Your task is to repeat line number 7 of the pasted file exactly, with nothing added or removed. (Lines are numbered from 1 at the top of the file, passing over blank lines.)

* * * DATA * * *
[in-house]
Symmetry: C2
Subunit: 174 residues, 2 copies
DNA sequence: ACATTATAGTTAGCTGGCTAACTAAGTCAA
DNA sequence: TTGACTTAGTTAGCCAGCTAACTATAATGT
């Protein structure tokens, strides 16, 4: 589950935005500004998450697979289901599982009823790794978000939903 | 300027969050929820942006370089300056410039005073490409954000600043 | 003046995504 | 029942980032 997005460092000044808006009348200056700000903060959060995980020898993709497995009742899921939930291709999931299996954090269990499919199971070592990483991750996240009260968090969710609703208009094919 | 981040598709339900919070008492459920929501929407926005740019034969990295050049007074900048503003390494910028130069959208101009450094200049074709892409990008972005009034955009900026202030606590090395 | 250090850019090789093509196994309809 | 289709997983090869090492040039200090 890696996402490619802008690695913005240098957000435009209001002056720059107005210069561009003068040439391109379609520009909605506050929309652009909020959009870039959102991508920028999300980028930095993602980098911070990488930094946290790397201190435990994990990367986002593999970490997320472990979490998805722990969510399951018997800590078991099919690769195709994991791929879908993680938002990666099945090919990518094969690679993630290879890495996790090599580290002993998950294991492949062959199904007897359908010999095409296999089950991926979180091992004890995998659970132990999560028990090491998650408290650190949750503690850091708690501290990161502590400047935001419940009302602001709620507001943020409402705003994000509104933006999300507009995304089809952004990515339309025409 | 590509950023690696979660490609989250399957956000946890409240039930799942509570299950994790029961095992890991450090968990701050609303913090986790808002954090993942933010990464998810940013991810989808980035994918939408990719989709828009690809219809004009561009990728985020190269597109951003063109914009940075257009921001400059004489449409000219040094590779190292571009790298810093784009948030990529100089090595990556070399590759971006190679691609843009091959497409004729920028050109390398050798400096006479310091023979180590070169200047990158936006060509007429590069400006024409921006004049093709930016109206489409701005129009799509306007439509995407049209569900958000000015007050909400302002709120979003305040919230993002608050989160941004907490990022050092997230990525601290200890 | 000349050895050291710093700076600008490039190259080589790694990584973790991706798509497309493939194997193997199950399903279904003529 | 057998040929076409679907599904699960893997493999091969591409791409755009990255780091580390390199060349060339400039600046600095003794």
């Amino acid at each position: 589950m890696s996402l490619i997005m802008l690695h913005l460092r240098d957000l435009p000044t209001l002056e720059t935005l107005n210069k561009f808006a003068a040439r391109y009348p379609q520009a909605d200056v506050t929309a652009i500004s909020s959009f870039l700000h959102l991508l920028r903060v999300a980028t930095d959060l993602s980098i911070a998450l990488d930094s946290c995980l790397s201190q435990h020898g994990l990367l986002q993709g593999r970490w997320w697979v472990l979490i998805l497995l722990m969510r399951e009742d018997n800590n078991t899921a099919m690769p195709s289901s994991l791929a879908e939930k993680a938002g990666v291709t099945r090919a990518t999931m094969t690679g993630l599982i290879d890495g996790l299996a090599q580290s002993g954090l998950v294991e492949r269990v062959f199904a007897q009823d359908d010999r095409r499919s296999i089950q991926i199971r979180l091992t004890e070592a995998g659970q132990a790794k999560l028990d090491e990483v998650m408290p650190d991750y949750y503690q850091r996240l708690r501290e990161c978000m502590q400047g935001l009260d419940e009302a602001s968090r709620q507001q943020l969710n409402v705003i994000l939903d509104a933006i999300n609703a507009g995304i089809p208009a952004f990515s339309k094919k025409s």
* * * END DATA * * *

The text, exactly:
């Amino acid at each position: 589950m890696s996402l490619i997005m802008l690695h913005l460092r240098d957000l435009p000044t209001l002056e720059t935005l107005n210069k561009f808006a003068a040439r391109y009348p379609q520009a909605d200056v506050t929309a652009i500004s909020s959009f870039l700000h959102l991508l920028r903060v999300a980028t930095d959060l993602s980098i911070a998450l990488d930094s946290c995980l790397s201190q435990h020898g994990l990367l986002q993709g593999r970490w997320w697979v472990l979490i998805l497995l722990m969510r399951e009742d018997n800590n078991t899921a099919m690769p195709s289901s994991l791929a879908e939930k993680a938002g990666v291709t099945r090919a990518t999931m094969t690679g993630l599982i290879d890495g996790l299996a090599q580290s002993g954090l998950v294991e492949r269990v062959f199904a007897q009823d359908d010999r095409r499919s296999i089950q991926i199971r979180l091992t004890e070592a995998g659970q132990a790794k999560l028990d090491e990483v998650m408290p650190d991750y949750y503690q850091r996240l708690r501290e990161c978000m502590q400047g935001l009260d419940e009302a602001s968090r709620q507001q943020l969710n409402v705003i994000l939903d509104a933006i999300n609703a507009g995304i089809p208009a952004f990515s339309k094919k025409s």